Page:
Internal CBSA report blames illegal pot imports on supply shortages, organized crime
CBSA report says organized crime groups are taking advantage of Canada's patchwork approach to legalization
The advent of legal recreational marijuana in Canada hasn't done much to stop people from trying to sneak the drug over the border — and supply shortages might be to blame, according to an internal report from the Canada Border Services Agency.
The agency's year-end drug analysis report says officers continued to seize large quantities of dried marijuana even after Canada legalized recreational use in October.
"This is likely partly due to domestic supply shortages," notes the intelligence assessment, obtained under access to information.
"Post-legalization marijuana volumes are rising relative to pre-legalization and 2017 figures."
The annual report also suggests organized crime groups are exploiting the patchwork of laws across the country.
"Varying provincial regulations regarding the location, price and age of cannabis sale provide for opportunities for [organized crime group] exploitation, differing by province," notes one section.
The carefully redacted document didn't say where or how the contraband cannabis is entering the country, but reported at least two large shipments seized at Toronto's Pearson International Airport.
A spokesperson for CBSA said border smuggling has shown no signs of slowing down.
"The beginning of 2019 continues to see an increase in cannabis interdictions reporting at the border," said Rebecca Purdy in an email to CBC.
"Travellers, mail, courier, and commercial shipments continue to be subject to the Customs Act and examined for prohibited goods, including cannabis and cannabis products."
The government offered its legalization plan as a way to constrain the black market, although Liberals have said all along it wouldn't happen overnight. The CBSA's report highlights that.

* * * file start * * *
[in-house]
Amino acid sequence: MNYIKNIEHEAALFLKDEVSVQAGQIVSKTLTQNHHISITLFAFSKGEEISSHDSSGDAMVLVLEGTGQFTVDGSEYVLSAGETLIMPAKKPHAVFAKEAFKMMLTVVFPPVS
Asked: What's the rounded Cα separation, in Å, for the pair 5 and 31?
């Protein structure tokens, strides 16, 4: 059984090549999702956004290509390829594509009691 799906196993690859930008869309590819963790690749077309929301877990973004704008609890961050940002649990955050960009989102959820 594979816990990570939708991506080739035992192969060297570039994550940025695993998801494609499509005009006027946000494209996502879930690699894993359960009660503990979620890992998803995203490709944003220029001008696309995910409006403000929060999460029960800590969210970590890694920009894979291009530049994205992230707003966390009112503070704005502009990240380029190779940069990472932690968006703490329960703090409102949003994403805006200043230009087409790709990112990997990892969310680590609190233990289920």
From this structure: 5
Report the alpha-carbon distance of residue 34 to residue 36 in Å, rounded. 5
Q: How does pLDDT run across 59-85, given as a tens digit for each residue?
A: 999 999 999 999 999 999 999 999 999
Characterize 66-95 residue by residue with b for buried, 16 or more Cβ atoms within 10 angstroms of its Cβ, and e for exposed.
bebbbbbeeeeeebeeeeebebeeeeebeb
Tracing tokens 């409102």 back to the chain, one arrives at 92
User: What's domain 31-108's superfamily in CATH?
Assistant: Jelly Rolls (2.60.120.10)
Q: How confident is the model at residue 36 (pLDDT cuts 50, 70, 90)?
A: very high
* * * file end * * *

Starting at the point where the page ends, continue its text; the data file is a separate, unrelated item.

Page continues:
"If supply shortages persist, marijuana imports are expected to increase," it said.
"Illicit grow operations will also likely continue to supply domestic consumers, until the legal market reaches an equilibrium between supply and demand."
While the internal report points to supply shortages and organized crime as the main factors driving the spike in smuggling, Purdy said the increase also could be due to travellers volunteering information.
"While it is too early to identify trends, it appears that this increase is, in part, a result of increased positive declarations of cannabis in response to the new primary inspection question and signage at the ports of entry informing travellers to declare cannabis in their possession when entering Canada," she said.
While data on the black market are notoriously hard to capture, the import figures came as a surprise to Allan Rewak, executive director of the Cannabis Council of Canada, a national trade association for producers.
"I'm quite surprised by that ... what we've heard historically is most of the cannabis purchased and produced illicitly has come from Canada," he said.
What's not shocking, said Rewak, is the fact that the black market still lingers nearly six months after legalization.